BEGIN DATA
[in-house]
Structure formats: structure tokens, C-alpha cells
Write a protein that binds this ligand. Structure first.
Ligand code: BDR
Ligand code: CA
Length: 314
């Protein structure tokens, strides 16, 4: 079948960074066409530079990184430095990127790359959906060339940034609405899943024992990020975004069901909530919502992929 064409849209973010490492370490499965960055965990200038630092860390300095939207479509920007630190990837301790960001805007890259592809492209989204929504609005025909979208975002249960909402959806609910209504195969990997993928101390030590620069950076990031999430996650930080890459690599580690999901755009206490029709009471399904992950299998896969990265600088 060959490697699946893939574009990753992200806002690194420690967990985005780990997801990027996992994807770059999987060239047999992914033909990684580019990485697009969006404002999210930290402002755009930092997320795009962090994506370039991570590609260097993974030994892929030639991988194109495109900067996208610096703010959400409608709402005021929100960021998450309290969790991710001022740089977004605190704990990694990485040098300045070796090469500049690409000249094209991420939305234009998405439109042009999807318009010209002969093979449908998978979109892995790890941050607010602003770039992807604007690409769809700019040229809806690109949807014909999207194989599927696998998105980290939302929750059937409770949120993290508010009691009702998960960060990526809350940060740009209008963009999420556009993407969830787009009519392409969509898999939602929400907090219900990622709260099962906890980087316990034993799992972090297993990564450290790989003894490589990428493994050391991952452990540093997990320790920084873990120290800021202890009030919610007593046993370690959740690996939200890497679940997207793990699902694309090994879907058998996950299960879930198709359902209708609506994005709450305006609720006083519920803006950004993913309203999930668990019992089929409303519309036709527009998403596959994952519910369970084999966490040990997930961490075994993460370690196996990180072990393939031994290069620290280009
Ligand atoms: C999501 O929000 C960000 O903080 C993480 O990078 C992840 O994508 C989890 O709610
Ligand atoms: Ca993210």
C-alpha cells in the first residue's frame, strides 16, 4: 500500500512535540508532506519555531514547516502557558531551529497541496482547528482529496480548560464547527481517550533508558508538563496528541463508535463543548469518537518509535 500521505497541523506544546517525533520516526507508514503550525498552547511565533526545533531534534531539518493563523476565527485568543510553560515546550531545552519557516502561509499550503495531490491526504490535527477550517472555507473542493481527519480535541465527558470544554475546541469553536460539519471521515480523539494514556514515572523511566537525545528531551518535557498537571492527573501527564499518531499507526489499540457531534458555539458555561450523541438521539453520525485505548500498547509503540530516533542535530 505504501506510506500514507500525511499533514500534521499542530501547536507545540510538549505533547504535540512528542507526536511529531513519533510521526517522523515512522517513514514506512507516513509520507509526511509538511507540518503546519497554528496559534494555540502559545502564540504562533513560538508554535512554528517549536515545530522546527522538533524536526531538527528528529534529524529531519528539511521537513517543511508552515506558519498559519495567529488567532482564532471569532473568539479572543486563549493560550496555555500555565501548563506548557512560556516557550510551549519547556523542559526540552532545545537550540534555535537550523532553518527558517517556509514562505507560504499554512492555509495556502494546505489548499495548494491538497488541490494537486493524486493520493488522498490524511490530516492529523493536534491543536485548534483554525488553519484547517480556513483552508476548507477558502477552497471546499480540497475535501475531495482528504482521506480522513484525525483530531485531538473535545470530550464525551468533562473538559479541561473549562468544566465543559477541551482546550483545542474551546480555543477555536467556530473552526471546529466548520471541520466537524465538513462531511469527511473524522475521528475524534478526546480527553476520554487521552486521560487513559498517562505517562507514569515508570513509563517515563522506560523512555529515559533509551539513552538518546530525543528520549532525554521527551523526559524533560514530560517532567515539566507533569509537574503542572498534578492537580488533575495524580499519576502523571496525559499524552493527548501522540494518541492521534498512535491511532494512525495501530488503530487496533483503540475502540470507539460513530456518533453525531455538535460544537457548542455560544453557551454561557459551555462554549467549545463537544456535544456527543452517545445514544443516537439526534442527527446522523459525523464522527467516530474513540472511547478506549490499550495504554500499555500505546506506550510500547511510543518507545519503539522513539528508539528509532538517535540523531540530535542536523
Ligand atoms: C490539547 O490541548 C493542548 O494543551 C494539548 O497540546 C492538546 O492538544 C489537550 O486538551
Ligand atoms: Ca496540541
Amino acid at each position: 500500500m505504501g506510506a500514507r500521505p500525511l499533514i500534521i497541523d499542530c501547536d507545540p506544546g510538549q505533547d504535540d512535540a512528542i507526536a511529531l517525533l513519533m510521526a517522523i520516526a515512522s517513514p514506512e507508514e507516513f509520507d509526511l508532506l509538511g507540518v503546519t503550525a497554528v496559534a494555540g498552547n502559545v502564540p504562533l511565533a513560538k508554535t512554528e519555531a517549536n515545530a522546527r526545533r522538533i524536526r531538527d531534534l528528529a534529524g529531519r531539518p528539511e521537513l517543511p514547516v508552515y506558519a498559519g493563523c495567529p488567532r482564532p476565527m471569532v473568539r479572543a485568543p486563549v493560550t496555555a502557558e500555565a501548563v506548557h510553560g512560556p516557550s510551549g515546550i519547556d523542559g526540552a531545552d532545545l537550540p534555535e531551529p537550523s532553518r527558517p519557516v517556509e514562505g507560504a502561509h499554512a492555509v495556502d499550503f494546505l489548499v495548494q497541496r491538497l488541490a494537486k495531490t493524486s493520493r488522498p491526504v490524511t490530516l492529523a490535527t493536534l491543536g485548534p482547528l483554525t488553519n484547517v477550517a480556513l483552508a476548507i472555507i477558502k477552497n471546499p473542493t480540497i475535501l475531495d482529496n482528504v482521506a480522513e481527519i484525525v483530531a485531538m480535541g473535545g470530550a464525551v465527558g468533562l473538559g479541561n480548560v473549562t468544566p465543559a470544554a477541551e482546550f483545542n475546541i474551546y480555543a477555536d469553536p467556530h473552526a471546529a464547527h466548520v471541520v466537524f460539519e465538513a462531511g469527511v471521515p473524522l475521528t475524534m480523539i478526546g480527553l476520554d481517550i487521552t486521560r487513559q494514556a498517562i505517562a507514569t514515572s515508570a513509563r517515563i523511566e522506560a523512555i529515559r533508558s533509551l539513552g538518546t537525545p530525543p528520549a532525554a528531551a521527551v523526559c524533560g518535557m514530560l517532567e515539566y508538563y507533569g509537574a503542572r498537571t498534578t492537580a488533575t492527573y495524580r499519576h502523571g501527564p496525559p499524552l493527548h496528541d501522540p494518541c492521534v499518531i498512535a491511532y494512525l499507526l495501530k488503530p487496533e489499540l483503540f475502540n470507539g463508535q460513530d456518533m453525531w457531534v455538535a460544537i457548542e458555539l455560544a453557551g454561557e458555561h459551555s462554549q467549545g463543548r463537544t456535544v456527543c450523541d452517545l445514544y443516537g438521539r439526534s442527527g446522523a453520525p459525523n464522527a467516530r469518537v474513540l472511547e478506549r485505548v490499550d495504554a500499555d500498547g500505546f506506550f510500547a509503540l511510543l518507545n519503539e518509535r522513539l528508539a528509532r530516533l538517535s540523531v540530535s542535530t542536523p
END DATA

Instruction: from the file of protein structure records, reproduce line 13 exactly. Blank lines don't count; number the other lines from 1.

Amino acid at each position: 500500500m505504501g506510506a500514507r500521505p500525511l499533514i500534521i497541523d499542530c501547536d507545540p506544546g510538549q505533547d504535540d512535540a512528542i507526536a511529531l517525533l513519533m510521526a517522523i520516526a515512522s517513514p514506512e507508514e507516513f509520507d509526511l508532506l509538511g507540518v503546519t503550525a497554528v496559534a494555540g498552547n502559545v502564540p504562533l511565533a513560538k508554535t512554528e519555531a517549536n515545530a522546527r526545533r522538533i524536526r531538527d531534534l528528529a534529524g529531519r531539518p528539511e521537513l517543511p514547516v508552515y506558519a498559519g493563523c495567529p488567532r482564532p476565527m471569532v473568539r479572543a485568543p486563549v493560550t496555555a502557558e500555565a501548563v506548557h510553560g512560556p516557550s510551549g515546550i519547556d523542559g526540552a531545552d532545545l537550540p534555535e531551529p537550523s532553518r527558517p519557516v517556509e514562505g507560504a502561509h499554512a492555509v495556502d499550503f494546505l489548499v495548494q497541496r491538497l488541490a494537486k495531490t493524486s493520493r488522498p491526504v490524511t490530516l492529523a490535527t493536534l491543536g485548534p482547528l483554525t488553519n484547517v477550517a480556513l483552508a476548507i472555507i477558502k477552497n471546499p473542493t480540497i475535501l475531495d482529496n482528504v482521506a480522513e481527519i484525525v483530531a485531538m480535541g473535545g470530550a464525551v465527558g468533562l473538559g479541561n480548560v473549562t468544566p465543559a470544554a477541551e482546550f483545542n475546541i474551546y480555543a477555536d469553536p467556530h473552526a471546529a464547527h466548520v471541520v466537524f460539519e465538513a462531511g469527511v471521515p473524522l475521528t475524534m480523539i478526546g480527553l476520554d481517550i487521552t486521560r487513559q494514556a498517562i505517562a507514569t514515572s515508570a513509563r517515563i523511566e522506560a523512555i529515559r533508558s533509551l539513552g538518546t537525545p530525543p528520549a532525554a528531551a521527551v523526559c524533560g518535557m514530560l517532567e515539566y508538563y507533569g509537574a503542572r498537571t498534578t492537580a488533575t492527573y495524580r499519576h502523571g501527564p496525559p499524552l493527548h496528541d501522540p494518541c492521534v499518531i498512535a491511532y494512525l499507526l495501530k488503530p487496533e489499540l483503540f475502540n470507539g463508535q460513530d456518533m453525531w457531534v455538535a460544537i457548542e458555539l455560544a453557551g454561557e458555561h459551555s462554549q467549545g463543548r463537544t456535544v456527543c450523541d452517545l445514544y443516537g438521539r439526534s442527527g446522523a453520525p459525523n464522527a467516530r469518537v474513540l472511547e478506549r485505548v490499550d495504554a500499555d500498547g500505546f506506550f510500547a509503540l511510543l518507545n519503539e518509535r522513539l528508539a528509532r530516533l538517535s540523531v540530535s542535530t542536523p